A research survey will map the Great Barrier Reef and allow virtual divers to experience the unique ecosystem through thousands of 360-degree, high-definition views of underwater vistas in the same way Google's street view takes users through urban environments.
Coral reefs and their marine life will be photographed and mapped by a pair of unmanned submarine cameras during the survey, beginning in September sponsored by Google, non-governmental organizations and British insurance company Catlin.
"Most people who dive the Barrier Reef do so to depths up to about 20 meters. But 93 percent of the reef lies at between 30-100 meters, where light still penetrates. These areas are rarely if ever dived," project chief scientist Ove Hoegh-Guldberg from the University of Queensland told the British newspaper The Daily Telegraph.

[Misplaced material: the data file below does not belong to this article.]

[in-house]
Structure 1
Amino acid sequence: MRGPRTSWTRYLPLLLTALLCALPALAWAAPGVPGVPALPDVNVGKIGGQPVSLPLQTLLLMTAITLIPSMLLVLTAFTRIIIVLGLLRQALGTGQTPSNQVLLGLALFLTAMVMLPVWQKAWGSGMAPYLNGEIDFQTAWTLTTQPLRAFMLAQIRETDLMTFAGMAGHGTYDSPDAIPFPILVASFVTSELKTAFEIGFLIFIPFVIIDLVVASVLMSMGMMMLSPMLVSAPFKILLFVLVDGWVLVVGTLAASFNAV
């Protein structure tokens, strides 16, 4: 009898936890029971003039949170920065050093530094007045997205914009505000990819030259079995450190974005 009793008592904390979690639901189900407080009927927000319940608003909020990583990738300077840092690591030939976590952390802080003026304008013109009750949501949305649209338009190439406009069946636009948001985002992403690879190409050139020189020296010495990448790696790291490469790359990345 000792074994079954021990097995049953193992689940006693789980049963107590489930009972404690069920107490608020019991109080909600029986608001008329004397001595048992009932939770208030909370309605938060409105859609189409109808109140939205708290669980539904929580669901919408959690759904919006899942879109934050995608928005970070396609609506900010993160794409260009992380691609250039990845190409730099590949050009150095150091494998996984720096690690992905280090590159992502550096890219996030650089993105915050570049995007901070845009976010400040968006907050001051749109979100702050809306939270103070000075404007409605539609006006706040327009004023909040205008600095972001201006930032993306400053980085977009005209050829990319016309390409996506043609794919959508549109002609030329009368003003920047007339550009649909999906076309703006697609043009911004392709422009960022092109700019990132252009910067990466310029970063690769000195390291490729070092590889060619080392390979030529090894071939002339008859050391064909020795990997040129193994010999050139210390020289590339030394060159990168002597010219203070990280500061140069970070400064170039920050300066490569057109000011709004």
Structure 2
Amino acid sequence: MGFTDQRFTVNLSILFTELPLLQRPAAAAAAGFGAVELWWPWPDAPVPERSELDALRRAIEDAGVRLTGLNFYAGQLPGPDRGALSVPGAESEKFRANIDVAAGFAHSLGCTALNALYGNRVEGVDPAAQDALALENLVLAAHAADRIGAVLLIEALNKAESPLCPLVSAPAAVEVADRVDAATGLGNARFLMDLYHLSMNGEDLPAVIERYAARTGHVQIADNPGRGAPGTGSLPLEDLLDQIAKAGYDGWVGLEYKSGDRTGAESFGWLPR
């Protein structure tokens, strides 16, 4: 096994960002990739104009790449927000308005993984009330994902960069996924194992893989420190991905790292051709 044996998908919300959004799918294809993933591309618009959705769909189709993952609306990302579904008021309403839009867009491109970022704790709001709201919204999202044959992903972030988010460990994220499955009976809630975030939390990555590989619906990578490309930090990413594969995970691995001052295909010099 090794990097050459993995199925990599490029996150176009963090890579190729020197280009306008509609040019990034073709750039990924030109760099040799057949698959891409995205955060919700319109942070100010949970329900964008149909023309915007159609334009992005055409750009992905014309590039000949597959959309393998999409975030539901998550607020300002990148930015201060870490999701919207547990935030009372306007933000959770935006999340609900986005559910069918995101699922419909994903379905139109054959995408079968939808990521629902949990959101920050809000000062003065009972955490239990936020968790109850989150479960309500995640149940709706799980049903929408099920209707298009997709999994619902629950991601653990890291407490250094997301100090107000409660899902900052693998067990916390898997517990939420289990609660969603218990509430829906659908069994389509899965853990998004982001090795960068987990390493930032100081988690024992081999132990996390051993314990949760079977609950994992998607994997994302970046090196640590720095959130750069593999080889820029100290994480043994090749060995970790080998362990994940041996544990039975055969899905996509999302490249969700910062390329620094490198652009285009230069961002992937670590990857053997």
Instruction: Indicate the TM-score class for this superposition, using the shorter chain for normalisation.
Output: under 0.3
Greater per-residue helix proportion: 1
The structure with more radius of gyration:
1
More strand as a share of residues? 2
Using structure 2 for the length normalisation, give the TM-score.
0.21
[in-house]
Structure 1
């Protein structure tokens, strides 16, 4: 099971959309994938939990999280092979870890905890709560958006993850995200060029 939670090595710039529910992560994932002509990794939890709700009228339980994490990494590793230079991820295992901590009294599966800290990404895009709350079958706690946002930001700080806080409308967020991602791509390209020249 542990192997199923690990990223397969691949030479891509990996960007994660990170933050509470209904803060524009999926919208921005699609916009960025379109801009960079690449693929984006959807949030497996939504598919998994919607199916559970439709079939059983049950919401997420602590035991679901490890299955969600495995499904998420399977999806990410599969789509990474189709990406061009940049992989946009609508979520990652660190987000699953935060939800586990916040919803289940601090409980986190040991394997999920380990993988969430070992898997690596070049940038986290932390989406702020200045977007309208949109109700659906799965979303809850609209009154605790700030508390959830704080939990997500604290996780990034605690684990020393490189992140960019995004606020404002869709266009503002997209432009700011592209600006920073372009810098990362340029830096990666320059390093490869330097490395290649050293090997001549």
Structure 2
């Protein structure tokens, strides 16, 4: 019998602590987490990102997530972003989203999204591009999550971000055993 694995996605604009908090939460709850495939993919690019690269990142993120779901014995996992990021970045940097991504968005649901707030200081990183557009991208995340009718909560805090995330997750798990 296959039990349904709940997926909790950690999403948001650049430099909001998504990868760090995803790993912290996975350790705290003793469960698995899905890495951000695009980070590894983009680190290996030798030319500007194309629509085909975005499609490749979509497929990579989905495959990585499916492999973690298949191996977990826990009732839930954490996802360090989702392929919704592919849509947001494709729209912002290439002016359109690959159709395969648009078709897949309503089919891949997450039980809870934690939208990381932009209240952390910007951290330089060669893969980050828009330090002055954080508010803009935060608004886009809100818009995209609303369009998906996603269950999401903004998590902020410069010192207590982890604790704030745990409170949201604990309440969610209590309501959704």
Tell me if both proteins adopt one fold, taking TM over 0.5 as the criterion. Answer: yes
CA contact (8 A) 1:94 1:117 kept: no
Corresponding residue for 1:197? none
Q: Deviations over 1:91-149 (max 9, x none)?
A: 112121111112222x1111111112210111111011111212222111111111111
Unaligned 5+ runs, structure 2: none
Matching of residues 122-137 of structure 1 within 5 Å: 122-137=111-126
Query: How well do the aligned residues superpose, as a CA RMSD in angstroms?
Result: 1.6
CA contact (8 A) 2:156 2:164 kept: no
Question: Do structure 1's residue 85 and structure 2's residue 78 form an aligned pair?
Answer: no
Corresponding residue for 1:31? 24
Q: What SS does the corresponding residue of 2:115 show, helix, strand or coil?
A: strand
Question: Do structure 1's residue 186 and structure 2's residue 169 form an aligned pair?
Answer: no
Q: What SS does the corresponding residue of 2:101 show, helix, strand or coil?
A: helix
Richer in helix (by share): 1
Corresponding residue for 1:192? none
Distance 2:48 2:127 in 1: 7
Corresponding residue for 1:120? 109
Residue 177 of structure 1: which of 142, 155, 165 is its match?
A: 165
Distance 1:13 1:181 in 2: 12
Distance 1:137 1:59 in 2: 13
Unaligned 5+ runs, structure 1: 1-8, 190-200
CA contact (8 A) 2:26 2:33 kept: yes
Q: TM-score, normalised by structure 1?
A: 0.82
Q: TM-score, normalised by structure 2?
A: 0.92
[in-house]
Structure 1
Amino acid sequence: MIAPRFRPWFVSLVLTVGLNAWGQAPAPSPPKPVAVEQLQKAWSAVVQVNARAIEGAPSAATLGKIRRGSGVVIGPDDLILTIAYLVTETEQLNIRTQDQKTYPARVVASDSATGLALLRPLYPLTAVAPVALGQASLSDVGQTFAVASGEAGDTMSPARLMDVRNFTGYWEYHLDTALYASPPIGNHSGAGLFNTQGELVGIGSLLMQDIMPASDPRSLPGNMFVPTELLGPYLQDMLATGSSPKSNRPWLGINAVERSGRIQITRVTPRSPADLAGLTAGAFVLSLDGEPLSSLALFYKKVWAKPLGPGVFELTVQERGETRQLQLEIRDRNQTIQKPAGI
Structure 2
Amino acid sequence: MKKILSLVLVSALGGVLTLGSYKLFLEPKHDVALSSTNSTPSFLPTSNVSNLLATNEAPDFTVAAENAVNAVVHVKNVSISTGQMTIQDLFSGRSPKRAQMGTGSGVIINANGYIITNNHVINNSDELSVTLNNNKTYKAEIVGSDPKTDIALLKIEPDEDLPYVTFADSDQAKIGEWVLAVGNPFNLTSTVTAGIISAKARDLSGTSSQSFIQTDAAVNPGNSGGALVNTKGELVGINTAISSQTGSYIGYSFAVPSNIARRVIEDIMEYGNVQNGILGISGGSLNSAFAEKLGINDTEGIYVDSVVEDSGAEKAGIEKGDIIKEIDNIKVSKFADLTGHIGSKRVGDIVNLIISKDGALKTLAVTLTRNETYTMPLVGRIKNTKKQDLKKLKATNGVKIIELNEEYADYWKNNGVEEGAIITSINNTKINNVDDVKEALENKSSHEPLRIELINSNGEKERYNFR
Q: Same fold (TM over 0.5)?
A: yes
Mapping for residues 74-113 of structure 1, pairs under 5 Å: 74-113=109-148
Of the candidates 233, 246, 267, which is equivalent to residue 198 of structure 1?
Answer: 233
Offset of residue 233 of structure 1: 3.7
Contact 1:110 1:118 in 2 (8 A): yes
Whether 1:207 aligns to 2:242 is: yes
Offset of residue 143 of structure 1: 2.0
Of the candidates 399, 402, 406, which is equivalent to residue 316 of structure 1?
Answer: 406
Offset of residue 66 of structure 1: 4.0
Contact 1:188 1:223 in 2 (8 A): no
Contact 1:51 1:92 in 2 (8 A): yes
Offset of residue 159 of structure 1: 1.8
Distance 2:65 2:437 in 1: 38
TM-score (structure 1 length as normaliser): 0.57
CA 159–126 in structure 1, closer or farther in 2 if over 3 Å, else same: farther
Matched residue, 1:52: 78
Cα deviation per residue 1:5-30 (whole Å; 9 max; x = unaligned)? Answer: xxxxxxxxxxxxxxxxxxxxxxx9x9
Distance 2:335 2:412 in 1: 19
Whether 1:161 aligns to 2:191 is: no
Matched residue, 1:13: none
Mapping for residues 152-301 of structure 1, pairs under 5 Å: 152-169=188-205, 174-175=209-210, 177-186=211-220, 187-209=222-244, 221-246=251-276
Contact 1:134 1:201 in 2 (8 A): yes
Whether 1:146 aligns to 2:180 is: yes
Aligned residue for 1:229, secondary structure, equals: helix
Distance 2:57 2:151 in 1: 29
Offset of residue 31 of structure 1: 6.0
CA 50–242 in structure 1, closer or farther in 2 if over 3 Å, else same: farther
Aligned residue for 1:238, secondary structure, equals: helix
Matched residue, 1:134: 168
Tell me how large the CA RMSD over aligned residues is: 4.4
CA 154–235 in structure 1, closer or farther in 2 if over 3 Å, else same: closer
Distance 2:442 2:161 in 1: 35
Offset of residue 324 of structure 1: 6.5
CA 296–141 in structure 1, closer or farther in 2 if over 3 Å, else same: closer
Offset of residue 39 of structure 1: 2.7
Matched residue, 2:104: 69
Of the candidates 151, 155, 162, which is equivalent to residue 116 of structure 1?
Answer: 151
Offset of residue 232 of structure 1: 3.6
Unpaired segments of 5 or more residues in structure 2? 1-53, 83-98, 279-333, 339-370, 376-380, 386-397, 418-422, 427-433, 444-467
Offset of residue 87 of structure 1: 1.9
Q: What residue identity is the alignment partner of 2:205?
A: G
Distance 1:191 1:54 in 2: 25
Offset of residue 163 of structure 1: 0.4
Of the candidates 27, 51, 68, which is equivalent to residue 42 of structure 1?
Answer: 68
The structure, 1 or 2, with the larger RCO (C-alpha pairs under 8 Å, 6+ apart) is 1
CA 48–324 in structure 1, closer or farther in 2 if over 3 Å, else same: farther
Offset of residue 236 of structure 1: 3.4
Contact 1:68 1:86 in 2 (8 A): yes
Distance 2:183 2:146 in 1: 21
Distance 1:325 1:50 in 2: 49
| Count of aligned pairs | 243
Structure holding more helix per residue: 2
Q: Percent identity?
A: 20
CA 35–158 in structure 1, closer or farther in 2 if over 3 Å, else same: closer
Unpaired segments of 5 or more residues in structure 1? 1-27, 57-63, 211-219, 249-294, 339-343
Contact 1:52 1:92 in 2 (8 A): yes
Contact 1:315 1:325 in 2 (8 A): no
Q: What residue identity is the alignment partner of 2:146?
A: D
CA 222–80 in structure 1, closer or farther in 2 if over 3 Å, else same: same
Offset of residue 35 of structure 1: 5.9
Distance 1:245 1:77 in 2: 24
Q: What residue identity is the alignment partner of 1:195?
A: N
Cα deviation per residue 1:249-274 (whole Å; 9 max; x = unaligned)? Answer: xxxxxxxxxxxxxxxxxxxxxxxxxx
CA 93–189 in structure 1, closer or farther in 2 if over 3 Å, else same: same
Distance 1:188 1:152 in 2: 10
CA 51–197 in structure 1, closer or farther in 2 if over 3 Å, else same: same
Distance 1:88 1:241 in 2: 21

"Our specially made James Bond-like submersibles will capture for first time in history the unique marine life down there -- and whether it is under threat from climate change," he said.
The images will be posted on Panoramio, Google Earth, Google Maps and be seen via a custom-made 360-degree viewer, he said.
"We will seek the global audience's help in assessing the health and composition of the reef," Hoegh-Guldberg said. "The public can help us scientists study in close detail the size of the corals and the number of fish, and spot things like coral bleaching and unique breeding habits.
"Hopefully, virtual diving will raise awareness about climate change," he said.
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